such as "Introduction", "Conclusion"..etc
August 2007 — Exercise cannot reduce a
sodium-retaining hormone in African Americans which is known to
potentially cause hypertension, found Michael D. Brown, Ph.D., the
senior author of a study in the September issue of Experimental
Physiology. Brown is an associate professor of kinesiology at Temple
University's College of Health Professions.
The hormone, aldosterone, influences the kidney's regulation of
blood pressure, but too much of it can contribute to the development of
hypertension because it causes the kidney to retain salt. Aldosterone,
released by the adrenal glands on top of the kidneys, plays a role in
the complex system used by the body to regulate blood pressure.
"Although the results are discouraging for African Americans and
hypertension, it'll point us in other directions that may have more
potential and could be the key to reducing hypertension," said Brown,
who has a background in exercise physiology.
Many African Americans develop the salt-sensitive form of
hypertension. Approximately 40 percent of African Americans have
hypertension -- the highest rate of any racial or ethnic group in the
United States -- but there is little data about what makes them more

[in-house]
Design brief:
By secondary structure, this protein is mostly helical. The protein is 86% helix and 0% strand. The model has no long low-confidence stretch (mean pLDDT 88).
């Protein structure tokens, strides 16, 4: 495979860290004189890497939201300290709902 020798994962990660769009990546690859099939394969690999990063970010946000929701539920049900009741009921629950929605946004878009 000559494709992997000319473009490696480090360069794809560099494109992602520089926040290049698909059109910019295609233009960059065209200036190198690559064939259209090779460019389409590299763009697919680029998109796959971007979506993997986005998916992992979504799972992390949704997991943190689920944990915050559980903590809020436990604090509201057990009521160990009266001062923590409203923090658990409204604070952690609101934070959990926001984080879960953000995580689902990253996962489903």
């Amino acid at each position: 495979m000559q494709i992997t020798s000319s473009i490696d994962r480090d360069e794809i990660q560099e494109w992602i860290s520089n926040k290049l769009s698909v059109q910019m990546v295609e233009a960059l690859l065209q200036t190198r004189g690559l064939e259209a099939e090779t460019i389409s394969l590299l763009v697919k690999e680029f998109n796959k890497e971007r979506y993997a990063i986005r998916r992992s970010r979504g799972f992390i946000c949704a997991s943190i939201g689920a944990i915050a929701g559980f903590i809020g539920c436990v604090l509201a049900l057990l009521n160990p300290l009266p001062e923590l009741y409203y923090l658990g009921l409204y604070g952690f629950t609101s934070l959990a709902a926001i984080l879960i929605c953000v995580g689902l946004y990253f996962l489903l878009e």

susceptible to this condition, Brown said.
This study is based on the premise that the prevalence of blood
pressure sensitivity to salt is extremely high is African Americans.
Alterations in aldosterone regulation may play a role because
aldosterone causes the kidney to retain salt. Brown said he wanted to
find out if exercise could lower the levels.
In the study, he found that the level of aldosterone was related to
how the two racial groups distributed body fat. Caucasians generally
stored fat in the abdomen area, whereas African Americans had fat
distributed throughout the body in a layer under the skin. The
six-month study involving 35 Caucasians and African Americans with
hypertension found that aerobic exercise training program reduced
aldosterone levels in Caucasians by 32 percent, but levels for African
Americans were reduced by only 8 percent. Total body fat was reduced
only in Caucasians, which might be a clue to the drop in aldosterone.
"The kidneys help to regulate blood pressure by changing the levels
of salt and water in our body. Sometimes the kidneys reset at a higher
blood pressure level if it has retained too much salt," Brown said.
While the study showed exercise did not lower aldosterone in African
Americans, exercise still has many other benefits for this population,
"Exercise has the capacity to affect so many things. It's a way for the body to correct itself," he added.
Brown will continue his research in this area with a $3.5 million
National Institutes of Health grant awarded earlier this year. In
September, Brown will recruit African Americans with hypertension for a
study on how exercise can improve the blood vessel condition. The study
will also take an in-depth look at how genes can contribute to
"Solving the cause of hypertension is similar to solving a big
puzzle. Each piece of the puzzle represents a contributing factor to
hypertension. Each of these pieces, or possible causes of hypertension,
needs to be studied in a systematic way," Brown said.
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